A rather complex set of circumstances involving the family, two cars and the need for daughter to visit aunt; all combined to precipitate me into a Slough hotel last night after seeing Verdi’s Un Ballo in Maschera at the ROH. One should never see Verdi immediately after the ecstasy of Wagner and one should avoid the Slough of Despond at all costs, but one lives and learns. The rest of today was spent in Oxford walking through some of the radical new developments around SenseMaker® and its use for anticipatory awareness. I’m not going to go into the mechanisms of that in any detail as we (i) have some work to do yet and (ii) I’ve learnt to my cost that trust has limitations so we’ll need to extend the existing patents a little.
But the principle is worth expanding on a little for engagement and commentary. The original phrase, developed with Gary Klein when we were working together on a project in Singapore, was that we need to shift from Anticipation to triggering Anticipatory Awareness. As it happens I’m on the editorial panel for a new book on Anticipation with the editorial meeting coming up in January this year. A couple of days I am eagerly looking forward to give the quality of the other editors. It is all part of the developing realising in the foresight community that predicting the future or anticipating future events is problematic.
Now those of us coming to the subject from complexity theory have little problem with understanding why. A human complex adaptive system has propensities and dispositional states, but it is not subject to material linear cause. I’m still working on the language here by the way. I’m sort of hinting at Popper with the use of propensity but I don’t want it linked per se. I have some more reading to do over the Christmas break to settle some of this for the book and also for the 2015 edition of our four day training programme: Kuhn, Lakatos and Vico are on the list at the moment. For the moment I am thinking in this way:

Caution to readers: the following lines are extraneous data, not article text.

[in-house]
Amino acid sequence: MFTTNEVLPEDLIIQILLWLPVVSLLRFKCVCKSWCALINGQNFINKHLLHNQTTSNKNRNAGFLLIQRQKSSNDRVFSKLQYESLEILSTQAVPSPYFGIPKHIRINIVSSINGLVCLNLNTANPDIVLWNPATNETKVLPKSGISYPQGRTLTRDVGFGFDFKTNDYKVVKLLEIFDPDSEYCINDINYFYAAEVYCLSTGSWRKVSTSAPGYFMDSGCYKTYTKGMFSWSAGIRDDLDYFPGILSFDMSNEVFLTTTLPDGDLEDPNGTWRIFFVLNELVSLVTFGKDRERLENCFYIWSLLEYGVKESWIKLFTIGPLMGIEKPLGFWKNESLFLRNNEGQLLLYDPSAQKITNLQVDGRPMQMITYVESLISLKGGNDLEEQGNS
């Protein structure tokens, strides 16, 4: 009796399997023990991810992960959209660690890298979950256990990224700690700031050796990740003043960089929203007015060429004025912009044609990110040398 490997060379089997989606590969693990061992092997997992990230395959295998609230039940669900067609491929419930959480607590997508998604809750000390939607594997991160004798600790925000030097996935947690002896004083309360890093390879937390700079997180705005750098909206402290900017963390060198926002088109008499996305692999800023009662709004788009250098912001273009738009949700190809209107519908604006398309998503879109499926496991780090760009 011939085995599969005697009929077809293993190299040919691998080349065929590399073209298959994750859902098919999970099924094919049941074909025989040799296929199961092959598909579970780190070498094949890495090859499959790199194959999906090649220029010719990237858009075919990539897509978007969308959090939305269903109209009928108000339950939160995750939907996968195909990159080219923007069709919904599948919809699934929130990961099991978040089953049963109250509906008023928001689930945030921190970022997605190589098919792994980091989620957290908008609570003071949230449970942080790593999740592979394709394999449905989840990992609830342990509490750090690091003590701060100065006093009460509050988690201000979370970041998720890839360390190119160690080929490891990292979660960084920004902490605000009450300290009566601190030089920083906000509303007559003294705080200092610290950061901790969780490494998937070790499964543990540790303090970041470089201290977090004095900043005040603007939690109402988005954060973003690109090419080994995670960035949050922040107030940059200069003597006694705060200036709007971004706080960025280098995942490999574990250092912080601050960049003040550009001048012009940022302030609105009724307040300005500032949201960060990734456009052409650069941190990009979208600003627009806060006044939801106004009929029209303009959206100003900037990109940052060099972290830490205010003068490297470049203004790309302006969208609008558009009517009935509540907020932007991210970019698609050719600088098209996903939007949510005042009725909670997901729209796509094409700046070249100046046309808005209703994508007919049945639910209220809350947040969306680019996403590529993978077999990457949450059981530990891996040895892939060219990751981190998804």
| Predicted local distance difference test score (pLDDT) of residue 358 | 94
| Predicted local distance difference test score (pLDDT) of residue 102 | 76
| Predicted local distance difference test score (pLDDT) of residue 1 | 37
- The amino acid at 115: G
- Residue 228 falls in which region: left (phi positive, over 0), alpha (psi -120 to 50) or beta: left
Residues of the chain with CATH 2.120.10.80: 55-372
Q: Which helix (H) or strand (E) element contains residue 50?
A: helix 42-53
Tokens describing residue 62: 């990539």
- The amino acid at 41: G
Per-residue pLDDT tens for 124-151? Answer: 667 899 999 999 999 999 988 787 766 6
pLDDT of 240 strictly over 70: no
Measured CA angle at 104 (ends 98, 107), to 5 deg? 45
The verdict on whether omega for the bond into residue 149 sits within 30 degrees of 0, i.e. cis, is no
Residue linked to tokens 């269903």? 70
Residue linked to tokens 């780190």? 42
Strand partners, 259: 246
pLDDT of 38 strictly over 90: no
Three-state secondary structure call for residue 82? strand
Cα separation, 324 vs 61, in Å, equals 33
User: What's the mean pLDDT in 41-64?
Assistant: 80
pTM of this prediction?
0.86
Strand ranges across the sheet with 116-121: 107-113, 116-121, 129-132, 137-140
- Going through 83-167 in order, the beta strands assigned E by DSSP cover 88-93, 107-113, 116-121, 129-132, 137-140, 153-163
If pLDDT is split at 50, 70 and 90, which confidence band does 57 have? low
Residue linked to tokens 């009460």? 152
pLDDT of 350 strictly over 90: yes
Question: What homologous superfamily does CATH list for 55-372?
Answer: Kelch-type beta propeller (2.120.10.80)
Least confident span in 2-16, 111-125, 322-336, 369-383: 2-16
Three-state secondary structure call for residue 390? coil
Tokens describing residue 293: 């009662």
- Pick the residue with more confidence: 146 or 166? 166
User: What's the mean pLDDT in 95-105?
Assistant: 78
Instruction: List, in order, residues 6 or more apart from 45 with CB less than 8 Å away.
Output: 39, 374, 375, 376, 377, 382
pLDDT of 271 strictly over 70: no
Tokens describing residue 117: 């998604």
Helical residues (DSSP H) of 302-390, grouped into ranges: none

Any such system is going to go through various changes, including phase shifts and the future state is now knowable in the conventional sense of the word. What matters is when you need to trigger a human actor into a heightened state of awareness. Most of the time we are on automatic pilot, but small signals can stimulate us into a heightened state of awareness, changing the cognitive actions of our brain so we can act in a different way. Think about a long drive; most of the time you are barely aware of the process but then something happens ahead and you suddenly become aware in a material way.
The issue with foresight then is not to predict the future, but to understand what is knowable and what propensities can be known within what range of certainty. Then we need to monitor the dispositional states and trigger awareness when the plausibility of change has reached a threshold level that would reward attention. We need to understand what is critical. So in cancer detection we may have a high tolerance for false positives, but in major investment decisions that tolerance changes.
So in creating a decision support capability we need to think about how we map and represent a system in which we are acting or seek to act, to allow us to minimise energy use while maximising resilience. This is one of those points where I really badly miss Max Boisot, when he was alive I would sought him out on skype to talk about this. I’d then have ended up with a reading list, a humour filled admonition or two and live would have been interesting and progress would have been fast. Without Max I will simply have to work harder, read more and teach. Teaching helps me formulate material in usable form.
So consider this post an initial post to indicate a direction. More in January I expect, all ideas and comments welcome.
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